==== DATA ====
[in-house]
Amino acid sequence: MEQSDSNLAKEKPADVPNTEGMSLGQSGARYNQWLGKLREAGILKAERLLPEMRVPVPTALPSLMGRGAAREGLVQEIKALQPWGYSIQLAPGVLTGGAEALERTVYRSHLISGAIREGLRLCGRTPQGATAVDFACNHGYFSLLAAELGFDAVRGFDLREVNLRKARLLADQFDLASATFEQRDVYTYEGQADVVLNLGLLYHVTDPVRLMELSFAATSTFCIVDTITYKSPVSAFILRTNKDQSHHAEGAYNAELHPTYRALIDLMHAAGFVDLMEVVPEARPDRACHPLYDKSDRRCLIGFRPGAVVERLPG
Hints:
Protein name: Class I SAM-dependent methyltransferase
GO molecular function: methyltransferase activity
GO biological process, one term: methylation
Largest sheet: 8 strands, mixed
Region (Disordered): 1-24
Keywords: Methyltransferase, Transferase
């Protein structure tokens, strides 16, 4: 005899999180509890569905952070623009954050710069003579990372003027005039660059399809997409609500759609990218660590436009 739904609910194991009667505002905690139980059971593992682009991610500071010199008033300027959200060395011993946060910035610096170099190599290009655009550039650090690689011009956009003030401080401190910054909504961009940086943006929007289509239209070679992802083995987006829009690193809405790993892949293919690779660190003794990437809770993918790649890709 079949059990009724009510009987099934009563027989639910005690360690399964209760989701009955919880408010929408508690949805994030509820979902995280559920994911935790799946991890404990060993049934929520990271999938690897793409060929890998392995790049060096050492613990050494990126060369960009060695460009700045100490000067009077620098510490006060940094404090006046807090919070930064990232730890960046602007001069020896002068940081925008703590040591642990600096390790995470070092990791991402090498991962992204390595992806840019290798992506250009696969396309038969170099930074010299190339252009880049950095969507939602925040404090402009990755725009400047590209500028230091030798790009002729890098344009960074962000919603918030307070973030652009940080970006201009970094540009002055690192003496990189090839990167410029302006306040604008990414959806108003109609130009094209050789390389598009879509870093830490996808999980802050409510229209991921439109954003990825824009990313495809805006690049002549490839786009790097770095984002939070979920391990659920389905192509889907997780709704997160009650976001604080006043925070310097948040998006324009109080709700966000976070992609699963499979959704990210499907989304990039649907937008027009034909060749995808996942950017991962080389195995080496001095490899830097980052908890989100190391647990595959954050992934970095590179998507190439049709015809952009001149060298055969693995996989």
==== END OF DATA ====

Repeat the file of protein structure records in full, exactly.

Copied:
[in-house]
Amino acid sequence: MEQSDSNLAKEKPADVPNTEGMSLGQSGARYNQWLGKLREAGILKAERLLPEMRVPVPTALPSLMGRGAAREGLVQEIKALQPWGYSIQLAPGVLTGGAEALERTVYRSHLISGAIREGLRLCGRTPQGATAVDFACNHGYFSLLAAELGFDAVRGFDLREVNLRKARLLADQFDLASATFEQRDVYTYEGQADVVLNLGLLYHVTDPVRLMELSFAATSTFCIVDTITYKSPVSAFILRTNKDQSHHAEGAYNAELHPTYRALIDLMHAAGFVDLMEVVPEARPDRACHPLYDKSDRRCLIGFRPGAVVERLPG
Hints:
Protein name: Class I SAM-dependent methyltransferase
GO molecular function: methyltransferase activity
GO biological process, one term: methylation
Largest sheet: 8 strands, mixed
Region (Disordered): 1-24
Keywords: Methyltransferase, Transferase
């Protein structure tokens, strides 16, 4: 005899999180509890569905952070623009954050710069003579990372003027005039660059399809997409609500759609990218660590436009 739904609910194991009667505002905690139980059971593992682009991610500071010199008033300027959200060395011993946060910035610096170099190599290009655009550039650090690689011009956009003030401080401190910054909504961009940086943006929007289509239209070679992802083995987006829009690193809405790993892949293919690779660190003794990437809770993918790649890709 079949059990009724009510009987099934009563027989639910005690360690399964209760989701009955919880408010929408508690949805994030509820979902995280559920994911935790799946991890404990060993049934929520990271999938690897793409060929890998392995790049060096050492613990050494990126060369960009060695460009700045100490000067009077620098510490006060940094404090006046807090919070930064990232730890960046602007001069020896002068940081925008703590040591642990600096390790995470070092990791991402090498991962992204390595992806840019290798992506250009696969396309038969170099930074010299190339252009880049950095969507939602925040404090402009990755725009400047590209500028230091030798790009002729890098344009960074962000919603918030307070973030652009940080970006201009970094540009002055690192003496990189090839990167410029302006306040604008990414959806108003109609130009094209050789390389598009879509870093830490996808999980802050409510229209991921439109954003990825824009990313495809805006690049002549490839786009790097770095984002939070979920391990659920389905192509889907997780709704997160009650976001604080006043925070310097948040998006324009109080709700966000976070992609699963499979959704990210499907989304990039649907937008027009034909060749995808996942950017991962080389195995080496001095490899830097980052908890989100190391647990595959954050992934970095590179998507190439049709015809952009001149060298055969693995996989």